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|Title:||A distance-to-target weighting method for Europe 2020|
|Authors:||CASTELLANI VALENTINA; BENINI LORENZO; SALA SERENELLA; PANT Rana|
|Citation:||INTERNATIONAL JOURNAL OF LIFE CYCLE ASSESSMENT vol. 21 no. 8 p. 1159–1169|
|Type:||Articles in periodicals and books|
|Abstract:||Purpose Distance-to-target (DTT) methods are weighting methods aimed at assessing the distance of an existing situation from a desired state (the target). Weighting factors in DTT methods could be based on calculation which is performed on normalization factors (NFs) developed for life cycle assessment (LCA). At present, some DTT weighting sets have been developed. However, there is no DTT weighting set assessing the distance of EU domestic impacts from the desired state set by EU binding or non-binding policy targets (e.g., those related to the “Climate and Energy Package” and the “Roadmap to a Resource Efficient Europe”). Methods In the present work, a methodology to derive target references from policy-based targets in 2020 (TRs2020), both binding (A) and non-binding (B), is presented. Resulting target factors and DTT weighting factors are then compared to the current normalisation factors (based on 2010 normalization references). The resulting weighting factor (WF) sets are presented and discussed in light of their use for decision support in policy and business contexts. We applied the WF sets to characterization results to an example (the EU energy mix process) aiming at illustrating key differences and effects on the results. Results and discussion The three reference sets (NRs2010, TRs2020A, and TRs2020B) show, in some impact categories, a relatively small difference. WFs referred to set A and set B result to be quite similar, with the only exception of water depletion impact category, for which a very relevant change is foreseen when considering the effect of the non-binding target of limiting the abstraction of water resource to 20 % of the available renewable water resources. This is mainly due to the higher difficulty in deriving quantitative targets from non-binding strategies and policies rather than from binding ones. Conclusions The resulting weighting sets present strengths and limitations. The translation of policy targets into quantitative modifications to the baseline inventories appeared to be not a straightforward task, due to several reasons discussed in the paper (e.g., not all the policy targets are expressed in quantitative terms or can be translated into quantitative reductions and modifications of the elementary flows in the existing baseline inventories). Aiming at improving the effectiveness in supporting policies, further development of the methodology may be the integration with other DTT approaches such those based on carrying capacity, developed to integrate Earth’s carrying capacity concept and planetary boundaries.|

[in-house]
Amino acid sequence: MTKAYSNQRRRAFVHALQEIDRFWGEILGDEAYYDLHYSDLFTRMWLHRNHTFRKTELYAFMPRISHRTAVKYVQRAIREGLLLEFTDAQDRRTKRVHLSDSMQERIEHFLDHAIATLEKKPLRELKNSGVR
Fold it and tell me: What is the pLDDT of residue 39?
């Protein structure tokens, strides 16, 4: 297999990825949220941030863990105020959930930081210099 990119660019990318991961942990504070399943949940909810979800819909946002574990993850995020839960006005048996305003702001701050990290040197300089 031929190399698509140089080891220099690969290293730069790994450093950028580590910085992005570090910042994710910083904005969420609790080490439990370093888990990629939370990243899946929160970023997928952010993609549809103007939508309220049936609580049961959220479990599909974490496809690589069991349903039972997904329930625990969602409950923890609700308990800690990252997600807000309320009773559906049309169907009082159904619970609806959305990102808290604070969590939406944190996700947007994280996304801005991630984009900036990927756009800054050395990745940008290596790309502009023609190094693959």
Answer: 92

|JRC Directorate:||Sustainable Resources|
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